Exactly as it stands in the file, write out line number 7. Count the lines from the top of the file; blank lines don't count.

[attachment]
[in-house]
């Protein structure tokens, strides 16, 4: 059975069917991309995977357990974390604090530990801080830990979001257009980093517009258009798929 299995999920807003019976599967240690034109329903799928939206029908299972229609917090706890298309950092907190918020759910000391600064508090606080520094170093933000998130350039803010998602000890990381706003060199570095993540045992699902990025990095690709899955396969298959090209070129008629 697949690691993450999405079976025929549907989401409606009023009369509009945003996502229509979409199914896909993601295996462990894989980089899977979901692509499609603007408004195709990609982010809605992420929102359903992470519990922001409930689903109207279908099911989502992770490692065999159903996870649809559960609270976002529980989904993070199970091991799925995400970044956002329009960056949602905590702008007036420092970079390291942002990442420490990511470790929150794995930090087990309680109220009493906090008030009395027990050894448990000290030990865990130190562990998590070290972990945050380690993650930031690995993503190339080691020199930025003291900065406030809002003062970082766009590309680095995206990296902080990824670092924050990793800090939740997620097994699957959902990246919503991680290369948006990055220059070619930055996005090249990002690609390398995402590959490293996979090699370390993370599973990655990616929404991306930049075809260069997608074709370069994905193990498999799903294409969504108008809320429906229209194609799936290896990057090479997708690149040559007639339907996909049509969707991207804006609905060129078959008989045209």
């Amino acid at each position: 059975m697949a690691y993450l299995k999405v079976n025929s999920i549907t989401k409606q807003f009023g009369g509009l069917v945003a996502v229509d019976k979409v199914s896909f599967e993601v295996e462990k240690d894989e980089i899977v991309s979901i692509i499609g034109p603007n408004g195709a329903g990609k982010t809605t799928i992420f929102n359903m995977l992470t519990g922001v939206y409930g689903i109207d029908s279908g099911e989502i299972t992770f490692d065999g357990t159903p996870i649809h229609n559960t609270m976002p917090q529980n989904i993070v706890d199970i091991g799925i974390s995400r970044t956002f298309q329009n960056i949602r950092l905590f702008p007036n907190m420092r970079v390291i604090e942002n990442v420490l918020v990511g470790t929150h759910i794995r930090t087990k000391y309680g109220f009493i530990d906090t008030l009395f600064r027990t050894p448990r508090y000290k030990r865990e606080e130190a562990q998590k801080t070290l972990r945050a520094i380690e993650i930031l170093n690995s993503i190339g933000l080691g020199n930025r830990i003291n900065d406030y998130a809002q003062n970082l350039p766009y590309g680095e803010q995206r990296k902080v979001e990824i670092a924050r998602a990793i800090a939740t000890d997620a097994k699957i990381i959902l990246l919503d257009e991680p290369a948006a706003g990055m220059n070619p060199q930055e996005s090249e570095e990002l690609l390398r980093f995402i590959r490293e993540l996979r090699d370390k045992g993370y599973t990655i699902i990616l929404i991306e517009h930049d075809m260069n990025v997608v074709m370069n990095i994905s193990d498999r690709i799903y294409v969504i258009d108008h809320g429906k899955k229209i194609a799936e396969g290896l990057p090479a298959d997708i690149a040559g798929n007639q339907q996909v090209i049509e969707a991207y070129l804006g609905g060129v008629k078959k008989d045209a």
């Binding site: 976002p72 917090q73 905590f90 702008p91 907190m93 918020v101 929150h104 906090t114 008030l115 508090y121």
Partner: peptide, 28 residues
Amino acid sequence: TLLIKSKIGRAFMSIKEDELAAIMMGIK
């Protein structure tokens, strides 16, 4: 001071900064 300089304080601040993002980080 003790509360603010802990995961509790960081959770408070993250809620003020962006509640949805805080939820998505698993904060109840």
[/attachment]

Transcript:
């Protein structure tokens, strides 16, 4: 001071900064 300089304080601040993002980080 003790509360603010802990995961509790960081959770408070993250809620003020962006509640949805805080939820998505698993904060109840």